I didn’t know what to expect entering last night’s game.
I’d never seen the Miami Heat play a regular season game before (“no kidding, Jay”), so I didn’t know if they could possibly live up to the hype. I didn’t know whether the Three Amigos could mesh, and I wasn’t sure whether their bench was talented enough to make a difference. I didn’t know whether Lebron or Wade would be the leading man, and I didn’t know whether the second fiddle would take offense to being the second fiddle.
That was part of what made last night’s game so exciting. Nobody knows how good the Heat will be. People predicted 70 wins or 65 wins or however many wins, but nobody really knows. They have talent, obviously, but until that talent proves itself on the court anything remains possible. A lot of fans and analysts have already anointed the Heat Eastern Conference champions, but the element of unknown remains.
That’s why some tickets for last night’s game sold for $3,000. That’s why 500 media members were credentialed (more than a normal Finals game). That’s why I got texts this morning from friends I haven’t spoken to in months. The Celtics-Heat matchup was phenomenal in and of itself, but the Heat aren’t just a basketball team — they’re a mystery and a soap opera and a main attraction, all rolled into one. They’re something to fear, something to amaze, something to mesmerize you with wondrous possibilities.
And you know what else they are? 0-1.
After a raggedy performance that was almost saved by Lebron James’s heroics, the Heat were downed by a game Celtics team, 88-80. We still don’t know how good the Heat will be, and after last night’s uneven performance they still represent an unknown. But the Celtics? That old and familiar product, that overlooked afterthought of a former NBA champion? Their ways are known. Their ways are respected. And on a night that was supposed to usher in a new era of NBA basketball, a new superteam, the Boston Celtics stood in the way of an Eastern Conference torch-passing just by being themselves.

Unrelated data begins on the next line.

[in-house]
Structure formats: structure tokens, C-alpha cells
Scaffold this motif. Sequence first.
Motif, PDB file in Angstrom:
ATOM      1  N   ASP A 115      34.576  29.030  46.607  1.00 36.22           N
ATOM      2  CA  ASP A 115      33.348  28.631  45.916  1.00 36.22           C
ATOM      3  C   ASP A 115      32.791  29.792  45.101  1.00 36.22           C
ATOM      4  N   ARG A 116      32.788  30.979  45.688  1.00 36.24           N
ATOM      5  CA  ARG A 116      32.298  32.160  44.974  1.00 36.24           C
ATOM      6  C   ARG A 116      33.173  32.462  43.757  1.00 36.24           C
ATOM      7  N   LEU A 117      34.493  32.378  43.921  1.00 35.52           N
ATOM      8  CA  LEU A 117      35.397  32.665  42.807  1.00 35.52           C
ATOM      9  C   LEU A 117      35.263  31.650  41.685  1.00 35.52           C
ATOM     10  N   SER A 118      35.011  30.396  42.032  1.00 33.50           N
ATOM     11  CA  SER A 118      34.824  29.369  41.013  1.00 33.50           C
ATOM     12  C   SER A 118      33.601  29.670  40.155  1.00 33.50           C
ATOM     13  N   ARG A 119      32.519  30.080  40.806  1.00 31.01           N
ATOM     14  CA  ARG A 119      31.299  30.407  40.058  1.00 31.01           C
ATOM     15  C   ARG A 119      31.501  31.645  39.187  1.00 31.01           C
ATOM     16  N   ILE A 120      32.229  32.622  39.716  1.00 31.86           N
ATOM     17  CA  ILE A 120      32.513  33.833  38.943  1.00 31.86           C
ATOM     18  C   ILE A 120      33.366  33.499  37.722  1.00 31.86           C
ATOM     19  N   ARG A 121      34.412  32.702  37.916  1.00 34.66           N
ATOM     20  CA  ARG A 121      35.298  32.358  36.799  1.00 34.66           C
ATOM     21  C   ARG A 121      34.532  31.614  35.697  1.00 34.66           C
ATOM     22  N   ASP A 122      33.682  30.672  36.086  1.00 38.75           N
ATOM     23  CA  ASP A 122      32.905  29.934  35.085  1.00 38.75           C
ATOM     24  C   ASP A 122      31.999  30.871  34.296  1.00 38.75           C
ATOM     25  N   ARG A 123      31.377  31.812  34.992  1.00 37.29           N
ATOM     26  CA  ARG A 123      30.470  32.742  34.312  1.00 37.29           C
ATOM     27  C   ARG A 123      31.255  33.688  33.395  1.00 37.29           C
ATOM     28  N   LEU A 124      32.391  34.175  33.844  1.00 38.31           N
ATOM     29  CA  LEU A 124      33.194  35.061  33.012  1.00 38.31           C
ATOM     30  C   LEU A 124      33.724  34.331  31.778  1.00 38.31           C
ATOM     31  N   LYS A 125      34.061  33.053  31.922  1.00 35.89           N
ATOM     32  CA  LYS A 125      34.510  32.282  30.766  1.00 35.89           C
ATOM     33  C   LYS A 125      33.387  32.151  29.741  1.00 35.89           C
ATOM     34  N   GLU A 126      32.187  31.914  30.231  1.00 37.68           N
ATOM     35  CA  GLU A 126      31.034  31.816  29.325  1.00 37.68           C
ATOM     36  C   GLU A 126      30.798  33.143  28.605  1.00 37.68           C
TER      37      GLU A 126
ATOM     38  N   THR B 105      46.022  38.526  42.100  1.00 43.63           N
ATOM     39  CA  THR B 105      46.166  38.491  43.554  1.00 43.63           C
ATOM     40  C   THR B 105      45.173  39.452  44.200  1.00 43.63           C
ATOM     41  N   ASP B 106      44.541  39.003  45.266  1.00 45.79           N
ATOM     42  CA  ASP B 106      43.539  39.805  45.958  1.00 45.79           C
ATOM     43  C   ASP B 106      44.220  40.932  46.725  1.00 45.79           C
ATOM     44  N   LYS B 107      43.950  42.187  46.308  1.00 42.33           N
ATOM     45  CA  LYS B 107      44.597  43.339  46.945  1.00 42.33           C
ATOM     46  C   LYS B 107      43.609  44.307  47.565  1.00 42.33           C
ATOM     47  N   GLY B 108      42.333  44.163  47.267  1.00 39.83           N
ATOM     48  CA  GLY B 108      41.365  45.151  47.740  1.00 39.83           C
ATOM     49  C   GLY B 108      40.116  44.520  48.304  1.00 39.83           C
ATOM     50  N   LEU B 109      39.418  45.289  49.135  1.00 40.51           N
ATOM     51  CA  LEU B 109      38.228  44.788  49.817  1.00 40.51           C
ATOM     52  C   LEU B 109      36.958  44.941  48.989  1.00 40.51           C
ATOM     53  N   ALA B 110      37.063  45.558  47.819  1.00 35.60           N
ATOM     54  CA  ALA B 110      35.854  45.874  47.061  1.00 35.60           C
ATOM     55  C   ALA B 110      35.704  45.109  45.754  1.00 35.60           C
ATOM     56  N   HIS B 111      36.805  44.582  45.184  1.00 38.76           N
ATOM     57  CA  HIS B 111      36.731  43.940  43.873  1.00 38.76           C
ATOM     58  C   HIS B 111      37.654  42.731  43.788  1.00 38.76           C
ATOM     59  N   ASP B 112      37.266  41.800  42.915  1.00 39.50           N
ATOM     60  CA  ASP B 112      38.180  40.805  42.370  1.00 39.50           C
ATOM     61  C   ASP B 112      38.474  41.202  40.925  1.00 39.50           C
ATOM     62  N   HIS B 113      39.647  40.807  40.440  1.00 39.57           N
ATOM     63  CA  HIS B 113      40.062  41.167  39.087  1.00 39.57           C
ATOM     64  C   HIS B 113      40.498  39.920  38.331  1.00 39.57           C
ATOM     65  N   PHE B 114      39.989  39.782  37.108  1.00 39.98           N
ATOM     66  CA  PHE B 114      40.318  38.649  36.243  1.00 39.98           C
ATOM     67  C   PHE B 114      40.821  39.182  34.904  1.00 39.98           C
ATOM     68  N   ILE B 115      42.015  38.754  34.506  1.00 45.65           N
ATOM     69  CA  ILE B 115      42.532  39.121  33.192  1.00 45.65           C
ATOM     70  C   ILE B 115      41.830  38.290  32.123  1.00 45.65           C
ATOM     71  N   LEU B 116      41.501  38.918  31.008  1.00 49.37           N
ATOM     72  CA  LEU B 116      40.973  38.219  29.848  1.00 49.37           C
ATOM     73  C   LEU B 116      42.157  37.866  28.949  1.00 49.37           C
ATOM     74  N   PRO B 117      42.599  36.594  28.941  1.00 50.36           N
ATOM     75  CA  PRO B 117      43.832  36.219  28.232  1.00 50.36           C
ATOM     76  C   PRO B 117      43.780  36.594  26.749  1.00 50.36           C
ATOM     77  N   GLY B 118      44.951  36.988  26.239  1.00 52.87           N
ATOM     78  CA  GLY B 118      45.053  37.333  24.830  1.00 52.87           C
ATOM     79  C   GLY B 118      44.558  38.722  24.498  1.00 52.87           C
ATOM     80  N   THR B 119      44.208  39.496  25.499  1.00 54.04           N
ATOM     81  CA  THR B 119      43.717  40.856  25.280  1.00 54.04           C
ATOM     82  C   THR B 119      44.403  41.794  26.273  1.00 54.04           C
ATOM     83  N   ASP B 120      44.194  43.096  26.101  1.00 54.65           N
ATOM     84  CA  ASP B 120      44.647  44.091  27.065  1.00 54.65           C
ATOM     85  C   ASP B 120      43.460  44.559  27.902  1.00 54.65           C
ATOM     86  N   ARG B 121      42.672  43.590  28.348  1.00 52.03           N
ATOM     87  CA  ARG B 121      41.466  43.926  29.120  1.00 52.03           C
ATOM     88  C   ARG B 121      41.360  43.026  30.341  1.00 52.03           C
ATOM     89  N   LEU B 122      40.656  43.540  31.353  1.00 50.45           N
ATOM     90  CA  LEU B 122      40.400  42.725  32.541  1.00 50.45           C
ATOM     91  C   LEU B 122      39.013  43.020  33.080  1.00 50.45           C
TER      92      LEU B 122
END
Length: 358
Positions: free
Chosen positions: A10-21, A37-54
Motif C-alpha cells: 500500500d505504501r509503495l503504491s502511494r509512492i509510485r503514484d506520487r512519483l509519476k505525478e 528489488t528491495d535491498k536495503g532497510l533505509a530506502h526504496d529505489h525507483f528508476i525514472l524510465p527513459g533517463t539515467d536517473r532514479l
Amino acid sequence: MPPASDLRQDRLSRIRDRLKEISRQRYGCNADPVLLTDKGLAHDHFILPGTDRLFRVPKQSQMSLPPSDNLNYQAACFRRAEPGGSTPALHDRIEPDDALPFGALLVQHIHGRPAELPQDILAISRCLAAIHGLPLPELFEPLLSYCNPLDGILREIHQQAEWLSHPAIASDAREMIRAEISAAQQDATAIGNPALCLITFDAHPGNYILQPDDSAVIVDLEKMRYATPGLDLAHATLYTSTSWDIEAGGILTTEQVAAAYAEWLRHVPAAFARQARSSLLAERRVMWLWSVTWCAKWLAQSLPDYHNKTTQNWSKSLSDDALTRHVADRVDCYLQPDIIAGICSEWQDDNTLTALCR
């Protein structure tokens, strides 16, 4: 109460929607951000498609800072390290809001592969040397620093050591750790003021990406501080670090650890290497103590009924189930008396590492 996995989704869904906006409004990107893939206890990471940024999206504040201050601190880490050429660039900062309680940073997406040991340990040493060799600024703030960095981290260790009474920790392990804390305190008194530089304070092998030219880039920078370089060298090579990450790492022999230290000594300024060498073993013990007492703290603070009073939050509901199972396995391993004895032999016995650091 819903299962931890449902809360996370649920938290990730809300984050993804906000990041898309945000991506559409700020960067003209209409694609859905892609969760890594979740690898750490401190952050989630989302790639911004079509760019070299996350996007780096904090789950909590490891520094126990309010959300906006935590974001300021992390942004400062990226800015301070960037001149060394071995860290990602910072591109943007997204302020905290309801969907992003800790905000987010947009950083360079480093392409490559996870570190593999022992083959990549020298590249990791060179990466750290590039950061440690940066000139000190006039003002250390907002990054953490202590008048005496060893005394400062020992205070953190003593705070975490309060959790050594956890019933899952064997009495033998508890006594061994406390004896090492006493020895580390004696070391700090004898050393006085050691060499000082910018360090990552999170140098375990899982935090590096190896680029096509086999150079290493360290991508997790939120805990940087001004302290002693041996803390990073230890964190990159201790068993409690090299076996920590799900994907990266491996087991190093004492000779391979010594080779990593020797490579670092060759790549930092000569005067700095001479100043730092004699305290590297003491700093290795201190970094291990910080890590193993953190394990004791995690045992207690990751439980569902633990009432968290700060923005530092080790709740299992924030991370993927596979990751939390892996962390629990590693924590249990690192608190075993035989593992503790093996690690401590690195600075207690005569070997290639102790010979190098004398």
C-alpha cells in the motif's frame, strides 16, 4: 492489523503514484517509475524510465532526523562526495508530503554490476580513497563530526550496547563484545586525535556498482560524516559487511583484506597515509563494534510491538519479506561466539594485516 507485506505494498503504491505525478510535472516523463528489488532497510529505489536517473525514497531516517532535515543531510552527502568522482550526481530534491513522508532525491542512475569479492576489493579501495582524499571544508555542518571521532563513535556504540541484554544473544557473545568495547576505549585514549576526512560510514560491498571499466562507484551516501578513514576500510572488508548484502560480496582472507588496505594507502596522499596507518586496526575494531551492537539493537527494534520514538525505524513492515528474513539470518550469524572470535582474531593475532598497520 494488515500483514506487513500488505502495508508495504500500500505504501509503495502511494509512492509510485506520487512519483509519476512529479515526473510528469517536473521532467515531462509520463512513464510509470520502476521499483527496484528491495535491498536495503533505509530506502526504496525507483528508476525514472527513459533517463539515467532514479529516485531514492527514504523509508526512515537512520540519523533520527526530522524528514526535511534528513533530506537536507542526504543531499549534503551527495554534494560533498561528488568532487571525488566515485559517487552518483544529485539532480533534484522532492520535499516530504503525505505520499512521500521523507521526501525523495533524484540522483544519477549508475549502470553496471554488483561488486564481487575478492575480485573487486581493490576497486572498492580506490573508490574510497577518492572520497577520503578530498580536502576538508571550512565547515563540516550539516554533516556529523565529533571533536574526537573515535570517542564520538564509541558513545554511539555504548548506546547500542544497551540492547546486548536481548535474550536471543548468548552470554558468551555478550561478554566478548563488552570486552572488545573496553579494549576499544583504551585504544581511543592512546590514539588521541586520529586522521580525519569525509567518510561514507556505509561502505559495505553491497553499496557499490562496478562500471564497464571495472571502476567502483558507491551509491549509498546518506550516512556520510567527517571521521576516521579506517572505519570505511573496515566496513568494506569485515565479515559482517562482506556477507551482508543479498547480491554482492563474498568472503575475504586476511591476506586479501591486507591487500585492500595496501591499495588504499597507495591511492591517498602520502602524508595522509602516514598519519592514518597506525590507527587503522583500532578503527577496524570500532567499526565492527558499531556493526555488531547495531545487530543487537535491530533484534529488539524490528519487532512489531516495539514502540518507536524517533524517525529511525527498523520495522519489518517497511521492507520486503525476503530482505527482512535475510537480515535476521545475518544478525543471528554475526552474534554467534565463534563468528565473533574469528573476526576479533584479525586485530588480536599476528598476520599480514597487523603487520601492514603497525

We can’t learn everything from last night’s game. It was only one game, only our first opportunity to see a Heat team that clearly hasn’t gelled, only our first chance to see a Celtics team trying to beat back age and keep the window of opportunity ajar. But we can take some things from the game, even if it was just a sloppy season opener played by two teams not yet fully formed.
1. Rajon Rondo should have made Team USA
In a game that featured Lebron James carrying Dwyane Wade and Chris Bosh on his back, Rondo was nonetheless the game’s best player. Somehow, he outscored Lebron while scoring only four points. And by “somehow,” I mean Rondo had 17 assists and completely controlled everything about the game. He set the pace. He determined who scored. He broke down Miami’s defense and got paint touches at will. Rondo dominated with such ease that I almost thought Carlos Arroyo was the Heat’s starting point guard. Then I shook my head and told myself, “This is 2010! There’s no way Carlos Arroyo’s a starting point guard in the NBA!” (Wait, he is? On a team that’s considered Eastern Conference favorites? Oh.)
If Rondo’s as competitive as I think he is, he’ll use Coach K as fuel all season. And if you’re a smart person, you’ll hop on a gambling site and bet that Rajon Rondo will lead the league in assists. At 12-1 odds, that might be the year’s best bet.
2. The Heat are an unfinished product (Captain Obvious strikes again)